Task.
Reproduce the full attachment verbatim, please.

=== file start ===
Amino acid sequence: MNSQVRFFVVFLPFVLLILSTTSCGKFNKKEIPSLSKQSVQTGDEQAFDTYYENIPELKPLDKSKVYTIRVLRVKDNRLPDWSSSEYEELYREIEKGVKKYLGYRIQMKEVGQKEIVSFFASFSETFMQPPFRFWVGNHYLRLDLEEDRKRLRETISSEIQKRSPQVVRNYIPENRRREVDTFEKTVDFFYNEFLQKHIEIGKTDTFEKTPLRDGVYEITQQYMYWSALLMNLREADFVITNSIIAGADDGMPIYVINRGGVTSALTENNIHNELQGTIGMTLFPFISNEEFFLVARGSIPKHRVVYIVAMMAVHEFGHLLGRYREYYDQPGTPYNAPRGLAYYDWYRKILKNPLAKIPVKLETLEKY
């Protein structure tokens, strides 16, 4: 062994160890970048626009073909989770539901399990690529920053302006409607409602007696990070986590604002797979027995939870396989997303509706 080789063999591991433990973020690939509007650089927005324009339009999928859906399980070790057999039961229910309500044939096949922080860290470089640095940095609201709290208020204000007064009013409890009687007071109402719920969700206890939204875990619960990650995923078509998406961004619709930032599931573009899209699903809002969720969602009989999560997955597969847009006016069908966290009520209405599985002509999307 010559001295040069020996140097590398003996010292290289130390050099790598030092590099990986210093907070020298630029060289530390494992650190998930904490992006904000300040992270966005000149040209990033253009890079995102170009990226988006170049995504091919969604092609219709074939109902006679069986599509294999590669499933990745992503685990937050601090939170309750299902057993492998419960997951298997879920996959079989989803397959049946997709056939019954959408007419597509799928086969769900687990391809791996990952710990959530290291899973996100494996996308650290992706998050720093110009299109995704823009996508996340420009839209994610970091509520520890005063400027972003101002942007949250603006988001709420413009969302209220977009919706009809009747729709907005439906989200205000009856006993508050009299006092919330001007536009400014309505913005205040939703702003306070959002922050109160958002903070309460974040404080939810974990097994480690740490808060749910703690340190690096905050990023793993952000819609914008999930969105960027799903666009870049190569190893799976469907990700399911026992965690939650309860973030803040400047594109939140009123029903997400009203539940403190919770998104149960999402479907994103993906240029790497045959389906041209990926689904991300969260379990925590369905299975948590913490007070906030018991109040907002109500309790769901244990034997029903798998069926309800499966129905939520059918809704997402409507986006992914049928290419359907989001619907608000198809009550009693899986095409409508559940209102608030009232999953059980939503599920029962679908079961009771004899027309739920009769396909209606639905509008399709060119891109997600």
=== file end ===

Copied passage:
Amino acid sequence: MNSQVRFFVVFLPFVLLILSTTSCGKFNKKEIPSLSKQSVQTGDEQAFDTYYENIPELKPLDKSKVYTIRVLRVKDNRLPDWSSSEYEELYREIEKGVKKYLGYRIQMKEVGQKEIVSFFASFSETFMQPPFRFWVGNHYLRLDLEEDRKRLRETISSEIQKRSPQVVRNYIPENRRREVDTFEKTVDFFYNEFLQKHIEIGKTDTFEKTPLRDGVYEITQQYMYWSALLMNLREADFVITNSIIAGADDGMPIYVINRGGVTSALTENNIHNELQGTIGMTLFPFISNEEFFLVARGSIPKHRVVYIVAMMAVHEFGHLLGRYREYYDQPGTPYNAPRGLAYYDWYRKILKNPLAKIPVKLETLEKY
């Protein structure tokens, strides 16, 4: 062994160890970048626009073909989770539901399990690529920053302006409607409602007696990070986590604002797979027995939870396989997303509706 080789063999591991433990973020690939509007650089927005324009339009999928859906399980070790057999039961229910309500044939096949922080860290470089640095940095609201709290208020204000007064009013409890009687007071109402719920969700206890939204875990619960990650995923078509998406961004619709930032599931573009899209699903809002969720969602009989999560997955597969847009006016069908966290009520209405599985002509999307 010559001295040069020996140097590398003996010292290289130390050099790598030092590099990986210093907070020298630029060289530390494992650190998930904490992006904000300040992270966005000149040209990033253009890079995102170009990226988006170049995504091919969604092609219709074939109902006679069986599509294999590669499933990745992503685990937050601090939170309750299902057993492998419960997951298997879920996959079989989803397959049946997709056939019954959408007419597509799928086969769900687990391809791996990952710990959530290291899973996100494996996308650290992706998050720093110009299109995704823009996508996340420009839209994610970091509520520890005063400027972003101002942007949250603006988001709420413009969302209220977009919706009809009747729709907005439906989200205000009856006993508050009299006092919330001007536009400014309505913005205040939703702003306070959002922050109160958002903070309460974040404080939810974990097994480690740490808060749910703690340190690096905050990023793993952000819609914008999930969105960027799903666009870049190569190893799976469907990700399911026992965690939650309860973030803040400047594109939140009123029903997400009203539940403190919770998104149960999402479907994103993906240029790497045959389906041209990926689904991300969260379990925590369905299975948590913490007070906030018991109040907002109500309790769901244990034997029903798998069926309800499966129905939520059918809704997402409507986006992914049928290419359907989001619907608000198809009550009693899986095409409508559940209102608030009232999953059980939503599920029962679908079961009771004899027309739920009769396909209606639905509008399709060119891109997600």